Can people have tests at Magnet anonymously, or do they have to give their real name?
All our testing is "confidential", meaning a name and address have to be provided - these are reportable diseases under State law. We don't ask for any ID, however, so there's a good chance that some of the names people use are not real. When we first opened "George Bush" was seen on an almost daily basis. Who knew he was so active in our community?
Will the test results be disclosed to their doctor?
Results are not disclosed without the permission of the customer, with the exception of positive results to the County Health Department as required by law. As long as someone comes back to Magnet and gets treated (or lets us know they've been treated), the Health Department does not do any more follow up. Luckily, we have about a 93% rate of return for treatment.
In the UK we've noticed a huge rise in sexually transmitted infections in recent years, especially syphilis, gonorrhoea and chlamydia. Have you seen the same trend in the USA?
Yes, we have. The original funding for Magnet came in response to rising HIV and syphilis rates in San Francisco. Gonorrhoea and chlamydia have also been on the rise, as well as HPV (warts), quickly becoming the most common STD/ STI in the US. In fact, at Magnet we've found higher than expected rates of pharyngeal (throat) gonorrhoea without symptoms. Practicing safer sex is a start, but changing attitudes around sex and increasing access to testing and treatment will also help.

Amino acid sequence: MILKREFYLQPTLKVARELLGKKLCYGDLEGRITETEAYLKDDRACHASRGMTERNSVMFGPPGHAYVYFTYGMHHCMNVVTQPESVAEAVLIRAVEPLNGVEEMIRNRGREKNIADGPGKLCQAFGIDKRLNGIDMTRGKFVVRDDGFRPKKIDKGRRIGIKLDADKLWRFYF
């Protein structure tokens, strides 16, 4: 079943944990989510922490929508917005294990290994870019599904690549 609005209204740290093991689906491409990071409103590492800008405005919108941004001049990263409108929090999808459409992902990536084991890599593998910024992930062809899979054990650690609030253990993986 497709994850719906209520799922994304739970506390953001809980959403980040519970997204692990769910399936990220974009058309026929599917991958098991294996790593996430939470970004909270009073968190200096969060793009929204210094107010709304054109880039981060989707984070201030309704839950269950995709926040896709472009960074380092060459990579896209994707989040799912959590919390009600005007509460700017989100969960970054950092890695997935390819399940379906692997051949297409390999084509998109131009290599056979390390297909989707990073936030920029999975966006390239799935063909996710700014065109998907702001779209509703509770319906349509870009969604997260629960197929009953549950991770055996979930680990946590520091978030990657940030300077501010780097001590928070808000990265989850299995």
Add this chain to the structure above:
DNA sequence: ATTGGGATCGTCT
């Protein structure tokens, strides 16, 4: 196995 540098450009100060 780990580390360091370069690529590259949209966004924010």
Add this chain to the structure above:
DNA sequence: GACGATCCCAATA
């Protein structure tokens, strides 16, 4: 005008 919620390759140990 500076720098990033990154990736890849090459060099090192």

If someone's worried they might have been exposed to a sexually transmitted infection what would you recommend?
Get tested and treated if necessary, and tell your sex partners that they may have been exposed and should get tested. If you can, get 'partner packs' from your clinic for your buddies. If you're a little shy about telling people there's a website in some locations that allows you to send cards announcing your news. You can even do it anonymously. Check out InSpot.org at www.inspot.org and share the news!
What do you think are the biggest health problems facing our community?